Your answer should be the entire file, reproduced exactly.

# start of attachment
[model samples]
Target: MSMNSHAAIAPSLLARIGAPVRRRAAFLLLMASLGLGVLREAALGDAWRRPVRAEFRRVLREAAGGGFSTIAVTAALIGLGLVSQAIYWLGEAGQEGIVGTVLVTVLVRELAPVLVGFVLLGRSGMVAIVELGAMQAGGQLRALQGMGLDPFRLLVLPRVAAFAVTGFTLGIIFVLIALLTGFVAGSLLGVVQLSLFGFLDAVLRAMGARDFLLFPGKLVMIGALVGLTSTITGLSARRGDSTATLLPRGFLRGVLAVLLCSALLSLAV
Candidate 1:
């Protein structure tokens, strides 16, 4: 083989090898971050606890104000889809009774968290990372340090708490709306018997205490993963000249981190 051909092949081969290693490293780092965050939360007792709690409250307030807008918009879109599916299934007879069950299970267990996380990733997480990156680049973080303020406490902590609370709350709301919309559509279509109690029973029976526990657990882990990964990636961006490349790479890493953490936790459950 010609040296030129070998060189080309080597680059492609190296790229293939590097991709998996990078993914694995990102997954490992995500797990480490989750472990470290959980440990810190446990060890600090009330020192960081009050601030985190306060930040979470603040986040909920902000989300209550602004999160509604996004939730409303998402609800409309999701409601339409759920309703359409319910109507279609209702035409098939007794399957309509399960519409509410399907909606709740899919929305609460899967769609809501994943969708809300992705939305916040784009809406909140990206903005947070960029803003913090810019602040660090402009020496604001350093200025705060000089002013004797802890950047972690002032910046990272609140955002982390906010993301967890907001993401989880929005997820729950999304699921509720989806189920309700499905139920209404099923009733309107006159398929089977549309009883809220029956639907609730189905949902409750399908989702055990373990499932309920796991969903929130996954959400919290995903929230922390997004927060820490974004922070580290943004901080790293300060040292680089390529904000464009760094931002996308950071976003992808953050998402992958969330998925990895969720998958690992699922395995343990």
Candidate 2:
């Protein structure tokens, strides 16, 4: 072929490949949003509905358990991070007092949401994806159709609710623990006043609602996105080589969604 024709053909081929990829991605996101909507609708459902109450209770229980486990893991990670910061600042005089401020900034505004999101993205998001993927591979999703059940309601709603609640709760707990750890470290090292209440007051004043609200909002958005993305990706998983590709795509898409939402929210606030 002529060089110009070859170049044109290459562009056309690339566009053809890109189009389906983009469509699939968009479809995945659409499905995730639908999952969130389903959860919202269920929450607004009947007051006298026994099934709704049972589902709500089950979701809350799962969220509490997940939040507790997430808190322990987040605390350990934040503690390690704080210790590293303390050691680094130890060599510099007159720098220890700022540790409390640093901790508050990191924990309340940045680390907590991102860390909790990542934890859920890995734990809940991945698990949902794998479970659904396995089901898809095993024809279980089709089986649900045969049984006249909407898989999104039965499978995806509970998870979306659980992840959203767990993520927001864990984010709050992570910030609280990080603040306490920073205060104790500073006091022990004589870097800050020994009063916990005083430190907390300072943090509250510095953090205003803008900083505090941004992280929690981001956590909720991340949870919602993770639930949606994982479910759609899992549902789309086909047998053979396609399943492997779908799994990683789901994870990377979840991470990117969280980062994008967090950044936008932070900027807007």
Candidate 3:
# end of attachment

[model samples]
Target: MSMNSHAAIAPSLLARIGAPVRRRAAFLLLMASLGLGVLREAALGDAWRRPVRAEFRRVLREAAGGGFSTIAVTAALIGLGLVSQAIYWLGEAGQEGIVGTVLVTVLVRELAPVLVGFVLLGRSGMVAIVELGAMQAGGQLRALQGMGLDPFRLLVLPRVAAFAVTGFTLGIIFVLIALLTGFVAGSLLGVVQLSLFGFLDAVLRAMGARDFLLFPGKLVMIGALVGLTSTITGLSARRGDSTATLLPRGFLRGVLAVLLCSALLSLAV
Candidate 1:
């Protein structure tokens, strides 16, 4: 083989090898971050606890104000889809009774968290990372340090708490709306018997205490993963000249981190 051909092949081969290693490293780092965050939360007792709690409250307030807008918009879109599916299934007879069950299970267990996380990733997480990156680049973080303020406490902590609370709350709301919309559509279509109690029973029976526990657990882990990964990636961006490349790479890493953490936790459950 010609040296030129070998060189080309080597680059492609190296790229293939590097991709998996990078993914694995990102997954490992995500797990480490989750472990470290959980440990810190446990060890600090009330020192960081009050601030985190306060930040979470603040986040909920902000989300209550602004999160509604996004939730409303998402609800409309999701409601339409759920309703359409319910109507279609209702035409098939007794399957309509399960519409509410399907909606709740899919929305609460899967769609809501994943969708809300992705939305916040784009809406909140990206903005947070960029803003913090810019602040660090402009020496604001350093200025705060000089002013004797802890950047972690002032910046990272609140955002982390906010993301967890907001993401989880929005997820729950999304699921509720989806189920309700499905139920209404099923009733309107006159398929089977549309009883809220029956639907609730189905949902409750399908989702055990373990499932309920796991969903929130996954959400919290995903929230922390997004927060820490974004922070580290943004901080790293300060040292680089390529904000464009760094931002996308950071976003992808953050998402992958969330998925990895969720998958690992699922395995343990």
Candidate 2:
């Protein structure tokens, strides 16, 4: 072929490949949003509905358990991070007092949401994806159709609710623990006043609602996105080589969604 024709053909081929990829991605996101909507609708459902109450209770229980486990893991990670910061600042005089401020900034505004999101993205998001993927591979999703059940309601709603609640709760707990750890470290090292209440007051004043609200909002958005993305990706998983590709795509898409939402929210606030 002529060089110009070859170049044109290459562009056309690339566009053809890109189009389906983009469509699939968009479809995945659409499905995730639908999952969130389903959860919202269920929450607004009947007051006298026994099934709704049972589902709500089950979701809350799962969220509490997940939040507790997430808190322990987040605390350990934040503690390690704080210790590293303390050691680094130890060599510099007159720098220890700022540790409390640093901790508050990191924990309340940045680390907590991102860390909790990542934890859920890995734990809940991945698990949902794998479970659904396995089901898809095993024809279980089709089986649900045969049984006249909407898989999104039965499978995806509970998870979306659980992840959203767990993520927001864990984010709050992570910030609280990080603040306490920073205060104790500073006091022990004589870097800050020994009063916990005083430190907390300072943090509250510095953090205003803008900083505090941004992280929690981001956590909720991340949870919602993770639930949606994982479910759609899992549902789309086909047998053979396609399943492997779908799994990683789901994870990377979840991470990117969280980062994008967090950044936008932070900027807007």
Candidate 3: